“An insightful meditation on the curious nature of time…A highly illuminating intellectual investigation” (Kirkus Reviews) explaining the sometimes contradictory ways we experience time.
“Time” is the most commonly used noun in the English language; it’s always on our minds and it advances through every living moment. But what is time, exactly? Do children experience it the same way adults do? Why does it seem to slow down when we’re bored and speed by as we get older? How and why does time fly?
“Erudite and informative, a joy with many small treasures” (Science), this witty and meditative exploration by award-winning author and New Yorker staff writer Alan Burdick—“one of the finest science writers at work today, with an uncanny ability to explain knotty topics, with humanity, and humor” (Publishers Weekly, staff pick, best books of 2016)—takes readers on a personal quest to understand how time gets in us and why we perceive it the way we do. In the company of scientists, he visits the most accurate clock in the world (which exists only on paper); discovers that “now” actually happened a split-second ago; finds a twenty-fifth hour in the day; lives in the Arctic to lose all sense of time; and, for one fleeting moment in a neuroscientist’s lab, even makes time go backward.
“Why Time Flies captures us. Because it opens up a well of fascinating queries and gives us a glimpse of what has become an ever more deepening mystery for humans: the nature of time” (The New York Times Book Review). This “intellectual adventure renders a hefty topic accessible to the general public” (Richmond Times-Dispatch), is an instant classic, a vivid and intimate examination of the clocks that tick inside us all.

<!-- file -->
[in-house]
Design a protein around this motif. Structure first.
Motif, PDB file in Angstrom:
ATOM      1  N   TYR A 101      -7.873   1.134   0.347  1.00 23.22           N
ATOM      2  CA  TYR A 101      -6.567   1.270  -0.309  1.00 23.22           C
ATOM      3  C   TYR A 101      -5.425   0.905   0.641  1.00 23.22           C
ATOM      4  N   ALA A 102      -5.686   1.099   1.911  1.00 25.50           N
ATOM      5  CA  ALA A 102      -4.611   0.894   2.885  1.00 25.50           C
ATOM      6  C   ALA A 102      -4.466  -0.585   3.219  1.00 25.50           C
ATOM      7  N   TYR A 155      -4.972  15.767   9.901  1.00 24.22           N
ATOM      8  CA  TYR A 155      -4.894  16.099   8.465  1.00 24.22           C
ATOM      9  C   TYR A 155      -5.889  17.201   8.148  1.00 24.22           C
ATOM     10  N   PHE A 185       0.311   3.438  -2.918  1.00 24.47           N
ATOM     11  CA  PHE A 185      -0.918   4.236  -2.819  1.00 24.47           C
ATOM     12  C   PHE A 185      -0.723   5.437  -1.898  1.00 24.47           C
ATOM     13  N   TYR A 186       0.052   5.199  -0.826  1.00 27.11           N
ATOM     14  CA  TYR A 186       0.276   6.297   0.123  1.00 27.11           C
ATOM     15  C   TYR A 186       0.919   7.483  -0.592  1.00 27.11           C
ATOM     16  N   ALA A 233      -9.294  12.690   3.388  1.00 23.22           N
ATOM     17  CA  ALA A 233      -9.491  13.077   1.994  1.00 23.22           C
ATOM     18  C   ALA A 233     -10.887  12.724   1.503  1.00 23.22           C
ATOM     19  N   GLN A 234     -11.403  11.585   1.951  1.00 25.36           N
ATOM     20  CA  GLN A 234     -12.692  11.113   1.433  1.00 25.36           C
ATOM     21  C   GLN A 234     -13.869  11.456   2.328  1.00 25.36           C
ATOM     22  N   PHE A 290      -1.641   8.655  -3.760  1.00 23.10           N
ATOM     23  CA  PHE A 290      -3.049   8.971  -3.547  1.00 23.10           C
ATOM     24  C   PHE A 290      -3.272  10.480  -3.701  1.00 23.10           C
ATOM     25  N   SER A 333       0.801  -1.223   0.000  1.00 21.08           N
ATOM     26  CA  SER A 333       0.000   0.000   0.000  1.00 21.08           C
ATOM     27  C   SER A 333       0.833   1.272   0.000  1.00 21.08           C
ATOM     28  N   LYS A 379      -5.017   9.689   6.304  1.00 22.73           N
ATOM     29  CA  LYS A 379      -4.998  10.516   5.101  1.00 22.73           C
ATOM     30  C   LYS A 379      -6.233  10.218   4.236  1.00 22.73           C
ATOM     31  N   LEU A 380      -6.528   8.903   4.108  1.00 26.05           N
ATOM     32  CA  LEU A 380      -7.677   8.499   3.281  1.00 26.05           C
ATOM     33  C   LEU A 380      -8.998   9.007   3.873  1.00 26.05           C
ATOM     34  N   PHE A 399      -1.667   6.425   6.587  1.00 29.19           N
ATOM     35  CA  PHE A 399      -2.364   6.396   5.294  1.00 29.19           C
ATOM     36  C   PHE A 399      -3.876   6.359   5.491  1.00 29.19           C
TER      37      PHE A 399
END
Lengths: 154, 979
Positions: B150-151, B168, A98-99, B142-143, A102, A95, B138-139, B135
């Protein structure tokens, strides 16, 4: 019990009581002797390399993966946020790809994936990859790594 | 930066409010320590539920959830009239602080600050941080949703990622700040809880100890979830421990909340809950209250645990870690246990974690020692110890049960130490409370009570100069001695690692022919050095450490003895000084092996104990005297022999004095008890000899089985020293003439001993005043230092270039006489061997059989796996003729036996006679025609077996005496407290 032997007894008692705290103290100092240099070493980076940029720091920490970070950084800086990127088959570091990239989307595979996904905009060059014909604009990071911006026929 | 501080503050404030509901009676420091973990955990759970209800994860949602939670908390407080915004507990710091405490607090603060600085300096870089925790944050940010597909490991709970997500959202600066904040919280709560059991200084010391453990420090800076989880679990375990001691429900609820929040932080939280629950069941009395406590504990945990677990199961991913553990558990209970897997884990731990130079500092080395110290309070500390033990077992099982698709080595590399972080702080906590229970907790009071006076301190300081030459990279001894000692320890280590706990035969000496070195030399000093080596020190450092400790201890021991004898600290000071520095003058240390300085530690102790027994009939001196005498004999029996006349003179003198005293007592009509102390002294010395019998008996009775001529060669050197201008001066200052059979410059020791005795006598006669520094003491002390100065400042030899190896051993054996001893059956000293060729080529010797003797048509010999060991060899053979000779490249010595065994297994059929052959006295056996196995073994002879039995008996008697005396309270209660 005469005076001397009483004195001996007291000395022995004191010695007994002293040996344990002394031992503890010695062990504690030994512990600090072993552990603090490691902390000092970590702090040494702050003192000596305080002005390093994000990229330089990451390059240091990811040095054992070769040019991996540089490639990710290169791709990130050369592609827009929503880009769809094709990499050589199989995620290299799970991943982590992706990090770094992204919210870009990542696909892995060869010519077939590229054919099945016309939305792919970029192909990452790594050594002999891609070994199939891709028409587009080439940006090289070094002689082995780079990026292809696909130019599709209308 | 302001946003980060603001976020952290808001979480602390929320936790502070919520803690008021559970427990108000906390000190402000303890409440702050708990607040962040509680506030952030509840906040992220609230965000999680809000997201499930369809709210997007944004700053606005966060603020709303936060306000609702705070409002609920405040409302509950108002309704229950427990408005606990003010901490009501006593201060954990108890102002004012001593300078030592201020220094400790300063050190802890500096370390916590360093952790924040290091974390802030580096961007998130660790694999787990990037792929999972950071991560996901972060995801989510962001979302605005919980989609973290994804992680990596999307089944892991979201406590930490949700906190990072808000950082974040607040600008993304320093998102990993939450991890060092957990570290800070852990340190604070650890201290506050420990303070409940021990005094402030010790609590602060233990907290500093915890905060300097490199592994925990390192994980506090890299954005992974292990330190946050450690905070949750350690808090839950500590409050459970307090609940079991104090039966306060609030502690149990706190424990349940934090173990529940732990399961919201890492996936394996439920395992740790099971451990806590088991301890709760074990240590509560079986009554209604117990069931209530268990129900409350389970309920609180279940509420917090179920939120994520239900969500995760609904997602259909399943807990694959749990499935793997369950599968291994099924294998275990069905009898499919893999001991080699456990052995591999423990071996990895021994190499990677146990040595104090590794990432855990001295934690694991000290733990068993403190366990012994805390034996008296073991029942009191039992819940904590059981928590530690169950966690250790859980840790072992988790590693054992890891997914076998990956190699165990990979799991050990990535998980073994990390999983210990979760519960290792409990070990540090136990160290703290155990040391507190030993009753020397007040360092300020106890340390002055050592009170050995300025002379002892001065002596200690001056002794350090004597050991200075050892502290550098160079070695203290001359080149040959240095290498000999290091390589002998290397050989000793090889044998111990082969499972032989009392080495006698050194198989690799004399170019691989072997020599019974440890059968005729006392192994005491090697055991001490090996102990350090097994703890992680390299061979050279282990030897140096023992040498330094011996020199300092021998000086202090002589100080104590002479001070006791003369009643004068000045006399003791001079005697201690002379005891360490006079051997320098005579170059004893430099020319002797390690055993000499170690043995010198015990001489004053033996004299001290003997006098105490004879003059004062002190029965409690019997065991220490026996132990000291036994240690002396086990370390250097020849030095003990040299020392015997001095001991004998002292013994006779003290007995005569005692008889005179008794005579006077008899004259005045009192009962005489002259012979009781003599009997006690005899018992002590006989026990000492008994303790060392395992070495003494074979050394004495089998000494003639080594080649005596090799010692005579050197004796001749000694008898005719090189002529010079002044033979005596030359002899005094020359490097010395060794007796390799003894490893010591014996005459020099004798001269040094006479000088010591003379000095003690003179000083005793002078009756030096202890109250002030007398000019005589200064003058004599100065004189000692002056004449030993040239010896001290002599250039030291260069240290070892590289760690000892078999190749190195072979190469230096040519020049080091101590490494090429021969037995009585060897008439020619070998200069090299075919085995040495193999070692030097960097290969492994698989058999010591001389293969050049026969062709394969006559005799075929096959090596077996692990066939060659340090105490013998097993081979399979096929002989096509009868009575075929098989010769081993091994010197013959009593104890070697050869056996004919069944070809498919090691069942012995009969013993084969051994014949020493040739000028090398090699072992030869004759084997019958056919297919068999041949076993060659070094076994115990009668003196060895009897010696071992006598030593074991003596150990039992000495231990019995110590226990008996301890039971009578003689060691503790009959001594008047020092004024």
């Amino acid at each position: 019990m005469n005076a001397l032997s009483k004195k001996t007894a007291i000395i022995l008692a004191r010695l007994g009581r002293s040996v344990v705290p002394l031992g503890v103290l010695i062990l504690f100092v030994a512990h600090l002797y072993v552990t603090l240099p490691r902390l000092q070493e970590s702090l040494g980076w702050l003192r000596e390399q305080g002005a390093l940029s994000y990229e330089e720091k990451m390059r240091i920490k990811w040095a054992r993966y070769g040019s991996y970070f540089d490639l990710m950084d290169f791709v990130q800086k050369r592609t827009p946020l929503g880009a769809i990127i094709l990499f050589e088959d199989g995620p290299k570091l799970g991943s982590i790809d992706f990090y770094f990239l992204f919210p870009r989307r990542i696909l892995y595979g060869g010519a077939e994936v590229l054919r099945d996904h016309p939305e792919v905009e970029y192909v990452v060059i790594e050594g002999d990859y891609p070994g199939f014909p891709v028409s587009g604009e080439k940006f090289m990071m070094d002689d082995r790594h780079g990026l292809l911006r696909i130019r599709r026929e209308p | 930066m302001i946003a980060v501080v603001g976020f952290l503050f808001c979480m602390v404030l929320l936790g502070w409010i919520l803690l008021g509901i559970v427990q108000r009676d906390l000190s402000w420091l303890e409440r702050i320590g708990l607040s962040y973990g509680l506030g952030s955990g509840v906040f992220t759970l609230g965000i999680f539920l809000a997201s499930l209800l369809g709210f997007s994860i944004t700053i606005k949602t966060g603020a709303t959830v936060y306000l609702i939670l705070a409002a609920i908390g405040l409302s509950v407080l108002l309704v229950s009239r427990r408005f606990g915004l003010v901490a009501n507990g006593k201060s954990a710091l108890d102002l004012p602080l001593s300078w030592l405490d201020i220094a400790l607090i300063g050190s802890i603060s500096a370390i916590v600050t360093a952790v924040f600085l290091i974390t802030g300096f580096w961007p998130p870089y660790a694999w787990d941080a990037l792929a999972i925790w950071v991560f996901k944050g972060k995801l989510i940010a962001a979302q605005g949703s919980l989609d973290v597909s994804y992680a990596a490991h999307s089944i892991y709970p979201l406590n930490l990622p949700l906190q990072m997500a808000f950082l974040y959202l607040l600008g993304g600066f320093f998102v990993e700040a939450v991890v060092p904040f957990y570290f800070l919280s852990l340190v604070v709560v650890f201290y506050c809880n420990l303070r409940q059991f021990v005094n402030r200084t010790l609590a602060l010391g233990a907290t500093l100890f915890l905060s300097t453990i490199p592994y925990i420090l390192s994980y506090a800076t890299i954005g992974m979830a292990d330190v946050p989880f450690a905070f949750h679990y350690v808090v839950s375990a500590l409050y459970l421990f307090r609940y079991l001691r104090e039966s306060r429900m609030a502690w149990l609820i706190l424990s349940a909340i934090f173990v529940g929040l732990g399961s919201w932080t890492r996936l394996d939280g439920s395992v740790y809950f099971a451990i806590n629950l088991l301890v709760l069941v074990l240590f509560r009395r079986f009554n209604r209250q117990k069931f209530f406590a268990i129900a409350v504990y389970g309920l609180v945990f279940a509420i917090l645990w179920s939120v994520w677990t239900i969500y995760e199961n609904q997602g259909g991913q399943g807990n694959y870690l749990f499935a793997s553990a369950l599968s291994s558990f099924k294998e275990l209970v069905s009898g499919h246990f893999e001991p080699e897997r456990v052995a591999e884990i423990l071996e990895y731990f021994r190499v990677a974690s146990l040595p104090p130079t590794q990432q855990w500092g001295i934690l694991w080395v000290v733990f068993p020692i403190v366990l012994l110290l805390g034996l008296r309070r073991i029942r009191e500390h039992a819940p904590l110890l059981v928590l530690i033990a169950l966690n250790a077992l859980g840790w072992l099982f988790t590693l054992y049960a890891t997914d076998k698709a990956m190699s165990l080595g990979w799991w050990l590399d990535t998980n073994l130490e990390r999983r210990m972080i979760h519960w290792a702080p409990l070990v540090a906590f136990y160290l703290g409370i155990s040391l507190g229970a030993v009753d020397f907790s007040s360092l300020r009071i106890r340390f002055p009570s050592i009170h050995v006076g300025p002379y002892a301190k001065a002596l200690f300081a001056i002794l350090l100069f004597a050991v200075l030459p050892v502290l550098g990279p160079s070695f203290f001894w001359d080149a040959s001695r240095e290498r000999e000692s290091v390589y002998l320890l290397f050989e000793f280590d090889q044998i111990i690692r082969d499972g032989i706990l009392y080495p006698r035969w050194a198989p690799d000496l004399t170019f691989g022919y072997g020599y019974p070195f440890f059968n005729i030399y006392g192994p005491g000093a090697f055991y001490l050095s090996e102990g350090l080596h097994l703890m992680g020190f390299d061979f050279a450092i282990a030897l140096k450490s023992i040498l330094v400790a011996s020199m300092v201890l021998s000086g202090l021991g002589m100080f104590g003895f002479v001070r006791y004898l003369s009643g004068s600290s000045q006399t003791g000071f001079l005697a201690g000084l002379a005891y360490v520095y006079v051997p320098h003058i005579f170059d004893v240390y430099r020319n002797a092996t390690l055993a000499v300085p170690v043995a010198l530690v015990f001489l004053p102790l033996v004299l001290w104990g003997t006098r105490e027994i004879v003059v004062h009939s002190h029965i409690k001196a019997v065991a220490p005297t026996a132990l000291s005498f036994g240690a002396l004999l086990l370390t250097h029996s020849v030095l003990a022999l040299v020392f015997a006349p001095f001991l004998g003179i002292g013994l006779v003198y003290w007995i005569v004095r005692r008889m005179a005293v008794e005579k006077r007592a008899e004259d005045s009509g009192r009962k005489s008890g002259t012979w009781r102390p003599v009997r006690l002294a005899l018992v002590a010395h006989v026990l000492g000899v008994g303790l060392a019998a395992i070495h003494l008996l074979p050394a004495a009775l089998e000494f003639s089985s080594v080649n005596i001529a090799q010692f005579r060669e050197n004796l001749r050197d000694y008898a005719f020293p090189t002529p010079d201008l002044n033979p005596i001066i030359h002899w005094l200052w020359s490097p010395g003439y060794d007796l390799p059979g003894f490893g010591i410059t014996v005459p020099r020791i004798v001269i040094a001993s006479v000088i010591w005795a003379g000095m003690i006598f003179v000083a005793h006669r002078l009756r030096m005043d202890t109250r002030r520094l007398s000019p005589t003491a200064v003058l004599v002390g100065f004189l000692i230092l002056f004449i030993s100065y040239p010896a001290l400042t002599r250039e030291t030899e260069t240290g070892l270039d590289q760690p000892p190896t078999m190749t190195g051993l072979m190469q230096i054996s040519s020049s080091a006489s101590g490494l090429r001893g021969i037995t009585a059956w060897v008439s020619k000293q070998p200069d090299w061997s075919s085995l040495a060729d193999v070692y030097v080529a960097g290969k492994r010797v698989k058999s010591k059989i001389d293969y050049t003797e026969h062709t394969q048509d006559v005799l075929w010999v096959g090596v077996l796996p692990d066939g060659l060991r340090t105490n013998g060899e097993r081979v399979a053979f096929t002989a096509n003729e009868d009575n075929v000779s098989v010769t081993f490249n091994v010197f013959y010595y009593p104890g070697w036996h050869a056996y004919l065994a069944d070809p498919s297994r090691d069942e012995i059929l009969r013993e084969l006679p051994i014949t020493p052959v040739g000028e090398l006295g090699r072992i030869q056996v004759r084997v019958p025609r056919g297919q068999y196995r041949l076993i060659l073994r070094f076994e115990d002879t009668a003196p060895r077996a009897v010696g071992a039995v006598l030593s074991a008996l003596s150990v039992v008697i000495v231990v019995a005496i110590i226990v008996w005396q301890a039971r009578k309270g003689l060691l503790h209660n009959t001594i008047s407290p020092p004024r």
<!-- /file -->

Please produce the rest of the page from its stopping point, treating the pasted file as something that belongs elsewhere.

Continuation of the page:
Burdick (Out of Eden), a staff writer at the New Yorker, brings a casual, evocative style to his inquiry into the nature of time. He surveys historical conceptions of and experiments about the phenomenon, recounts his own chatty visits to the laboratories of experts who've devoted their life's work to the subject, travels to the places where aspects of time manifest dramatically, analyzes how animals and human babies view the passage of time, and draws connections to the ephemera of his own experience. Burdick relates the scientific elements here with unusual clarity, making sure the book is not merely a collection of intellectually stimulating physiological and psychological trivia. Coffee-table conversationalists will appreciate his discussions of such topics as the methods for synchronizing world time, exactly how long "now" is, and how circadian rhythms work across nature. Burdick's orientation is as philosophical as it is scientific, and he provides thoughtful background on such themes as time as four-dimensional geometry and the question "Are we born into time or is time born into us?" Returning regularly to the idea that time is a property of the mind that does not exist without a subject to perceive it, Burdick places his readers in the centers of their temporal universes.